If you've begun salivating, you better just hold up there! Though it sounds delicious, this is actually a method of gardening I'm talking about. I've read about it sometime during my teenage years, and have just now recently rediscovered it. The other week I had gone to pick up a bale of straw and a heap o' half-decomposed horse manure from a kind neighbor offering it for free on craigslist. I was planning to just add it to my compost pile but I noticed this neighbors garden was covered with straw and manure. I asked him about it and he told me about the lasagna method of gardening. He covered his beds with three layers; cardboard first, then straw, then topped it off with the horse manure.
The purpose of the cardboard is to prevent any weeds from poking through, as well as create a dark, damp place for worms to wiggle around in the topsoil. This will help break up any clay-like soil while adding organic matter(worm poo!). A few layers of newspaper can substitute for cardboard as well.
I admit I did not use any cardboard. I kept my garden pretty weed free so I chose to leave that layer out. I covered my beds with a good layer of straw and topped it off with the manure. I plan to leave this to decompose over the winter and dig it under in the spring. One of the main attractions of lasagna gardening is that if one has a lawn and some patience, he could turn a grass-covered plot into new garden beds over a winter without having to dig up any sod! With the initial cardboard layer and the subsequent top layers light will not be able to pass through, snuffing out any plants below. And the new layer of organic materials will provide ample nutrients for the garden-to-be!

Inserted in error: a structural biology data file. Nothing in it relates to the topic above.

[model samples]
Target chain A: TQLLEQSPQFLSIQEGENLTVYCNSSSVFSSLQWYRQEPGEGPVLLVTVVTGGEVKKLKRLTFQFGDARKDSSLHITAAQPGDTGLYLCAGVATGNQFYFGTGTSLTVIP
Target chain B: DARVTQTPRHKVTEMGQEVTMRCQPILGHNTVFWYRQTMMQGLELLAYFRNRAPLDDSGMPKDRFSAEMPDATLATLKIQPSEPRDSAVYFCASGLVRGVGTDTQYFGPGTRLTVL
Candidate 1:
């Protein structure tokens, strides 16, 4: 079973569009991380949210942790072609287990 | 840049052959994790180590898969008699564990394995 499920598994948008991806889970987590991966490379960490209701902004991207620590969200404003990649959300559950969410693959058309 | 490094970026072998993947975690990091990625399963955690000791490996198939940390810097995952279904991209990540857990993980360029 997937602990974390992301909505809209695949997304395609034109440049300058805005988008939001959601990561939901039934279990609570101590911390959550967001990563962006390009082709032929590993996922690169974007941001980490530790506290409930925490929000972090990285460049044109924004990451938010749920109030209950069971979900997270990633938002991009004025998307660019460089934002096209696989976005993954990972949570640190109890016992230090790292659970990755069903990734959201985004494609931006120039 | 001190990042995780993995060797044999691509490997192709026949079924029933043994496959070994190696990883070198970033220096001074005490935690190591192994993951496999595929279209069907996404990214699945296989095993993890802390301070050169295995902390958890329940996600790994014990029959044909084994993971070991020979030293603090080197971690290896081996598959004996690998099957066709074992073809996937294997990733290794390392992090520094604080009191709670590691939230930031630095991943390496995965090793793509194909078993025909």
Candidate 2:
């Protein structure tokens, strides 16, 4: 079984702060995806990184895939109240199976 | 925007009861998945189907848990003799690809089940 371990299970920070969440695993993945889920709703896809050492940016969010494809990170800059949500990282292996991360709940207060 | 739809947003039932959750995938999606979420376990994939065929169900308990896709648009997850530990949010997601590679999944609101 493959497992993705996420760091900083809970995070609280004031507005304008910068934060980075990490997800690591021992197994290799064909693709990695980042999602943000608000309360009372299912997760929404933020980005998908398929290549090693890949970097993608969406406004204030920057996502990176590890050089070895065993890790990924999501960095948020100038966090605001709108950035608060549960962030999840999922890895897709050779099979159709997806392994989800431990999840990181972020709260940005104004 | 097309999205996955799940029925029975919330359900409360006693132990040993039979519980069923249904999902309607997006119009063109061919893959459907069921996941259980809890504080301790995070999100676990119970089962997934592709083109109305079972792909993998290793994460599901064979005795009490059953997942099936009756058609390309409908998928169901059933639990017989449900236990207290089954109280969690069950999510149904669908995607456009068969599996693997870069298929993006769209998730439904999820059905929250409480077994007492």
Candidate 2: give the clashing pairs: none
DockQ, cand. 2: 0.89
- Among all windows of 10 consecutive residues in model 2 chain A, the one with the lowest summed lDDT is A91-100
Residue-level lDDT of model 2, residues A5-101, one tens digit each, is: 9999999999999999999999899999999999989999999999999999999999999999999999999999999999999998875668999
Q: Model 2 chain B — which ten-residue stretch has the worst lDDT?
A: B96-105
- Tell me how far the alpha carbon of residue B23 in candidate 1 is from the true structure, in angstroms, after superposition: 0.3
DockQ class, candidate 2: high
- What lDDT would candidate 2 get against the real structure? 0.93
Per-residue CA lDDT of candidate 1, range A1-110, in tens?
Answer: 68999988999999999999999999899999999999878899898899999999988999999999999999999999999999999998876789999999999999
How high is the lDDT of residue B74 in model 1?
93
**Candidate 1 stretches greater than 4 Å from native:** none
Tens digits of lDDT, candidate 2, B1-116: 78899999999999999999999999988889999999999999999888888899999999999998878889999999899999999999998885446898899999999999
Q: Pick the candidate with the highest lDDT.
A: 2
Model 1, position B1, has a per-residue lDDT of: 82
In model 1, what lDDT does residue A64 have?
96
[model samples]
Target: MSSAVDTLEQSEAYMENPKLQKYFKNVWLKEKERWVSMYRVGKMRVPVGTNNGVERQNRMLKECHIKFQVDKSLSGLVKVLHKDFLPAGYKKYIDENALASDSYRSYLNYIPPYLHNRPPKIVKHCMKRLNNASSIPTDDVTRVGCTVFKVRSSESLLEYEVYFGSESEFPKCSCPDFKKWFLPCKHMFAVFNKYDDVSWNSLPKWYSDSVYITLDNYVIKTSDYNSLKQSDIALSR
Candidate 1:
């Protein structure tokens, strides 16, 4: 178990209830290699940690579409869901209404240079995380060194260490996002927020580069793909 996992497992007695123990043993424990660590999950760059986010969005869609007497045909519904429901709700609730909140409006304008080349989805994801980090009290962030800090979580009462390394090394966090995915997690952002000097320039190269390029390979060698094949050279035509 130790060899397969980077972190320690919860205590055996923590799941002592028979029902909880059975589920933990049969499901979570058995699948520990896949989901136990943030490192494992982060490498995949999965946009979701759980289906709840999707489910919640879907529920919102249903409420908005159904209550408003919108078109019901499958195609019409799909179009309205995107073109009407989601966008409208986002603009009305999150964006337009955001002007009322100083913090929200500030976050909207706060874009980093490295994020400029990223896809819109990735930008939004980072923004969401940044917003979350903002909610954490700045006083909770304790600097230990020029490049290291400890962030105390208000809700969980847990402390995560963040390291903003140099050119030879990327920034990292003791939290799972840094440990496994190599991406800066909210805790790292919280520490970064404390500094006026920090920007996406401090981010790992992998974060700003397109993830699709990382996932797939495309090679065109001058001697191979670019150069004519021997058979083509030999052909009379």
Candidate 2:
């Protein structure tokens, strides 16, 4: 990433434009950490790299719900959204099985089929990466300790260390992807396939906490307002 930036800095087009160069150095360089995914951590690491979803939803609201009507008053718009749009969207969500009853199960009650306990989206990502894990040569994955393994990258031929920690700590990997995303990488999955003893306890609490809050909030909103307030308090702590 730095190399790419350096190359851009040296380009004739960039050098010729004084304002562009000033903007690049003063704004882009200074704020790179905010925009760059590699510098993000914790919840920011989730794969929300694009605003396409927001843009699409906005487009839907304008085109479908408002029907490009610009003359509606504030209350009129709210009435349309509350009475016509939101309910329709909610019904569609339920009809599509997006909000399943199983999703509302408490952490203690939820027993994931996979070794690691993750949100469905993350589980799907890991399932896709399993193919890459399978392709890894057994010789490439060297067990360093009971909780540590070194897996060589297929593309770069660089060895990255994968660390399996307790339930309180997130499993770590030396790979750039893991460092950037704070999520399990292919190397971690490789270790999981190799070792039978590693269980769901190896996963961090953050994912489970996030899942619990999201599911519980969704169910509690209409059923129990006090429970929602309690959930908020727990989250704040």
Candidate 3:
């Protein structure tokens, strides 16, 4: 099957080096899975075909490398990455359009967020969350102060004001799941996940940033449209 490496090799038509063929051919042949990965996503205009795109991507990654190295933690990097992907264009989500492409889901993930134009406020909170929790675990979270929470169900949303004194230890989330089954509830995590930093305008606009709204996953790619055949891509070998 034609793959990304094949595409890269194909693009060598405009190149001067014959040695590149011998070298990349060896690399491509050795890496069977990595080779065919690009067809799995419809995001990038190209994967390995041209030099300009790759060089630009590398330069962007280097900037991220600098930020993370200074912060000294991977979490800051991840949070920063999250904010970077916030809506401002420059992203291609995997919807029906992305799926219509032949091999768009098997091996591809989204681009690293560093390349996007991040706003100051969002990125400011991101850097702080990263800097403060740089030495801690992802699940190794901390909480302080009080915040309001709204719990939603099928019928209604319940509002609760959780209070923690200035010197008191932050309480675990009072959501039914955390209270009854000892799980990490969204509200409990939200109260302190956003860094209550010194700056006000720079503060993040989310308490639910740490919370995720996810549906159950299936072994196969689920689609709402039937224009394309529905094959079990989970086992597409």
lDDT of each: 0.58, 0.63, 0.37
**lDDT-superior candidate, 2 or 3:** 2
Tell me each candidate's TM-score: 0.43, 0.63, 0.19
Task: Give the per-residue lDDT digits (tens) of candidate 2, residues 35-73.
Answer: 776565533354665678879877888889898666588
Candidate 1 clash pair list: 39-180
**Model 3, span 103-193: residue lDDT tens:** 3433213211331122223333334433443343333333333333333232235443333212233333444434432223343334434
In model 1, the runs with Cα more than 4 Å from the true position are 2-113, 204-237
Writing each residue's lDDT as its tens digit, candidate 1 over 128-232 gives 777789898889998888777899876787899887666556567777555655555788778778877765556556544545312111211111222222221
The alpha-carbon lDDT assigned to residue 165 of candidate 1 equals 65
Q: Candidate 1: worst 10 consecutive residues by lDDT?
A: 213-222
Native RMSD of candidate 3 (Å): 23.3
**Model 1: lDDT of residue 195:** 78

Now what I've done is a very simple method. Obviously two layers isn't much of a lasagna! But the general idea is still there and come spring I should have enhanced soil. I will of course report on my experience with this, checking in to see how much decomposition has taken place, and taking note on whether I see a difference in my plants next season.